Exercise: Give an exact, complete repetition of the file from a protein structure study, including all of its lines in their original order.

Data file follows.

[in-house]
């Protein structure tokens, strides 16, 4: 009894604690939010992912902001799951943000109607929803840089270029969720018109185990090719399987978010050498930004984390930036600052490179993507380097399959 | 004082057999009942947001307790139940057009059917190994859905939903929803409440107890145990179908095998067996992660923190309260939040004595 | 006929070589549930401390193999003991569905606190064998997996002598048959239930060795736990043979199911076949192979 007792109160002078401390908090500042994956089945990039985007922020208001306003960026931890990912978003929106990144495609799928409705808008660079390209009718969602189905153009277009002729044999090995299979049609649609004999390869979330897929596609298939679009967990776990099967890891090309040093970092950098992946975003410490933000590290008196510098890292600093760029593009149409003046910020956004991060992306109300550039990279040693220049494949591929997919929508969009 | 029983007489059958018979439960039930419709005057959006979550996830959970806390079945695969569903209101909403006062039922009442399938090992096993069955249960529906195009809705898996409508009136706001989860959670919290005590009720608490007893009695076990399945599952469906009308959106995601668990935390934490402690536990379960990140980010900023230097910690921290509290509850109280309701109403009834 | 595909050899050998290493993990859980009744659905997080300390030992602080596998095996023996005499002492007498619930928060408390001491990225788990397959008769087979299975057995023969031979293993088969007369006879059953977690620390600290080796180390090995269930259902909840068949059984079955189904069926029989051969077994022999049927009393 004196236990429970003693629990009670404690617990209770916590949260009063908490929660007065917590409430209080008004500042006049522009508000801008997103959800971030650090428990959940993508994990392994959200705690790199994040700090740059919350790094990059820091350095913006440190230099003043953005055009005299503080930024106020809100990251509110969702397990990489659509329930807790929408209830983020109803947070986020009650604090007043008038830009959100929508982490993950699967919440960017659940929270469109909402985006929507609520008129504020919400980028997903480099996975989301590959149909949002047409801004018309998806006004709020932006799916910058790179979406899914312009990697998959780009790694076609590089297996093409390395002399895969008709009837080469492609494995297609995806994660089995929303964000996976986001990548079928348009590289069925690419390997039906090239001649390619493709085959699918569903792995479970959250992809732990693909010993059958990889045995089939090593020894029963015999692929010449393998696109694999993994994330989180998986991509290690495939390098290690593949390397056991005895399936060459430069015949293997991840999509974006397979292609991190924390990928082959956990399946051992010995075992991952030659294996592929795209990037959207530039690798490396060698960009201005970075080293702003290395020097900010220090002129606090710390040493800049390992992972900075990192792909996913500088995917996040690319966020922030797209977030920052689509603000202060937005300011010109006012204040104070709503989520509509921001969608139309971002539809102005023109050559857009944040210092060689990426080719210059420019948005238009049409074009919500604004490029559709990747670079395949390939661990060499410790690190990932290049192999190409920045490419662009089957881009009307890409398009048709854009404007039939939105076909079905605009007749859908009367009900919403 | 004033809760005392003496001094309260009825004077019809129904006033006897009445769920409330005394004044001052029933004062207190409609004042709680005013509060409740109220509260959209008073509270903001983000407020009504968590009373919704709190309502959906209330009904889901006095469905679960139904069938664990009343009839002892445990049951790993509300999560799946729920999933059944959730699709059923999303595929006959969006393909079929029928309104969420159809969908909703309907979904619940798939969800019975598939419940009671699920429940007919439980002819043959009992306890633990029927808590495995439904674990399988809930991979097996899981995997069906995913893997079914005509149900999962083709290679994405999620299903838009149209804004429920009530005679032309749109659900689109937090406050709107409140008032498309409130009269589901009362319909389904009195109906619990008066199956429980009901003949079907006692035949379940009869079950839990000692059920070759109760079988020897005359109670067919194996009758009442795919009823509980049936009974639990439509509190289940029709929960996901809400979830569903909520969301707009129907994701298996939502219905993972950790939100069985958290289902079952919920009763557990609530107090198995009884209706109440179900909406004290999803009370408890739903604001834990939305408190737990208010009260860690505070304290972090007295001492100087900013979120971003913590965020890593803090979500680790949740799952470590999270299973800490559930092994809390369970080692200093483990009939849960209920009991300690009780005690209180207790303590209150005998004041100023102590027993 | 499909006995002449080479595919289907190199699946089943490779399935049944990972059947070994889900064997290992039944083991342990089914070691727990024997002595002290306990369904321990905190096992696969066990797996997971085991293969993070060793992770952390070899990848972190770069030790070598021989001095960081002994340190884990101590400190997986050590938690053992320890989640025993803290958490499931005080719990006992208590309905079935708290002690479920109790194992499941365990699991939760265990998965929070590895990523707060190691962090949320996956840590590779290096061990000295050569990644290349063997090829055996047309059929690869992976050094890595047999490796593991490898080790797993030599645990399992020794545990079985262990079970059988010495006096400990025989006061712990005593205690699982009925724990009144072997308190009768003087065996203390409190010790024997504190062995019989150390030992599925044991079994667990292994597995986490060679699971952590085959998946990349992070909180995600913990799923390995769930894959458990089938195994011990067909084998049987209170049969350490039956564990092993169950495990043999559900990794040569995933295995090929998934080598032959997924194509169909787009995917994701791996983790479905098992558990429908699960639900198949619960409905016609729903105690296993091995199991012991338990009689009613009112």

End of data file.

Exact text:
[in-house]
């Protein structure tokens, strides 16, 4: 009894604690939010992912902001799951943000109607929803840089270029969720018109185990090719399987978010050498930004984390930036600052490179993507380097399959 | 004082057999009942947001307790139940057009059917190994859905939903929803409440107890145990179908095998067996992660923190309260939040004595 | 006929070589549930401390193999003991569905606190064998997996002598048959239930060795736990043979199911076949192979 007792109160002078401390908090500042994956089945990039985007922020208001306003960026931890990912978003929106990144495609799928409705808008660079390209009718969602189905153009277009002729044999090995299979049609649609004999390869979330897929596609298939679009967990776990099967890891090309040093970092950098992946975003410490933000590290008196510098890292600093760029593009149409003046910020956004991060992306109300550039990279040693220049494949591929997919929508969009 | 029983007489059958018979439960039930419709005057959006979550996830959970806390079945695969569903209101909403006062039922009442399938090992096993069955249960529906195009809705898996409508009136706001989860959670919290005590009720608490007893009695076990399945599952469906009308959106995601668990935390934490402690536990379960990140980010900023230097910690921290509290509850109280309701109403009834 | 595909050899050998290493993990859980009744659905997080300390030992602080596998095996023996005499002492007498619930928060408390001491990225788990397959008769087979299975057995023969031979293993088969007369006879059953977690620390600290080796180390090995269930259902909840068949059984079955189904069926029989051969077994022999049927009393 004196236990429970003693629990009670404690617990209770916590949260009063908490929660007065917590409430209080008004500042006049522009508000801008997103959800971030650090428990959940993508994990392994959200705690790199994040700090740059919350790094990059820091350095913006440190230099003043953005055009005299503080930024106020809100990251509110969702397990990489659509329930807790929408209830983020109803947070986020009650604090007043008038830009959100929508982490993950699967919440960017659940929270469109909402985006929507609520008129504020919400980028997903480099996975989301590959149909949002047409801004018309998806006004709020932006799916910058790179979406899914312009990697998959780009790694076609590089297996093409390395002399895969008709009837080469492609494995297609995806994660089995929303964000996976986001990548079928348009590289069925690419390997039906090239001649390619493709085959699918569903792995479970959250992809732990693909010993059958990889045995089939090593020894029963015999692929010449393998696109694999993994994330989180998986991509290690495939390098290690593949390397056991005895399936060459430069015949293997991840999509974006397979292609991190924390990928082959956990399946051992010995075992991952030659294996592929795209990037959207530039690798490396060698960009201005970075080293702003290395020097900010220090002129606090710390040493800049390992992972900075990192792909996913500088995917996040690319966020922030797209977030920052689509603000202060937005300011010109006012204040104070709503989520509509921001969608139309971002539809102005023109050559857009944040210092060689990426080719210059420019948005238009049409074009919500604004490029559709990747670079395949390939661990060499410790690190990932290049192999190409920045490419662009089957881009009307890409398009048709854009404007039939939105076909079905605009007749859908009367009900919403 | 004033809760005392003496001094309260009825004077019809129904006033006897009445769920409330005394004044001052029933004062207190409609004042709680005013509060409740109220509260959209008073509270903001983000407020009504968590009373919704709190309502959906209330009904889901006095469905679960139904069938664990009343009839002892445990049951790993509300999560799946729920999933059944959730699709059923999303595929006959969006393909079929029928309104969420159809969908909703309907979904619940798939969800019975598939419940009671699920429940007919439980002819043959009992306890633990029927808590495995439904674990399988809930991979097996899981995997069906995913893997079914005509149900999962083709290679994405999620299903838009149209804004429920009530005679032309749109659900689109937090406050709107409140008032498309409130009269589901009362319909389904009195109906619990008066199956429980009901003949079907006692035949379940009869079950839990000692059920070759109760079988020897005359109670067919194996009758009442795919009823509980049936009974639990439509509190289940029709929960996901809400979830569903909520969301707009129907994701298996939502219905993972950790939100069985958290289902079952919920009763557990609530107090198995009884209706109440179900909406004290999803009370408890739903604001834990939305408190737990208010009260860690505070304290972090007295001492100087900013979120971003913590965020890593803090979500680790949740799952470590999270299973800490559930092994809390369970080692200093483990009939849960209920009991300690009780005690209180207790303590209150005998004041100023102590027993 | 499909006995002449080479595919289907190199699946089943490779399935049944990972059947070994889900064997290992039944083991342990089914070691727990024997002595002290306990369904321990905190096992696969066990797996997971085991293969993070060793992770952390070899990848972190770069030790070598021989001095960081002994340190884990101590400190997986050590938690053992320890989640025993803290958490499931005080719990006992208590309905079935708290002690479920109790194992499941365990699991939760265990998965929070590895990523707060190691962090949320996956840590590779290096061990000295050569990644290349063997090829055996047309059929690869992976050094890595047999490796593991490898080790797993030599645990399992020794545990079985262990079970059988010495006096400990025989006061712990005593205690699982009925724990009144072997308190009768003087065996203390409190010790024997504190062995019989150390030992599925044991079994667990292994597995986490060679699971952590085959998946990349992070909180995600913990799923390995769930894959458990089938195994011990067909084998049987209170049969350490039956564990092993169950495990043999559900990794040569995933295995090929998934080598032959997924194509169909787009995917994701791996983790479905098992558990429908699960639900198949619960409905016609729903105690296993091995199991012991338990009689009613009112």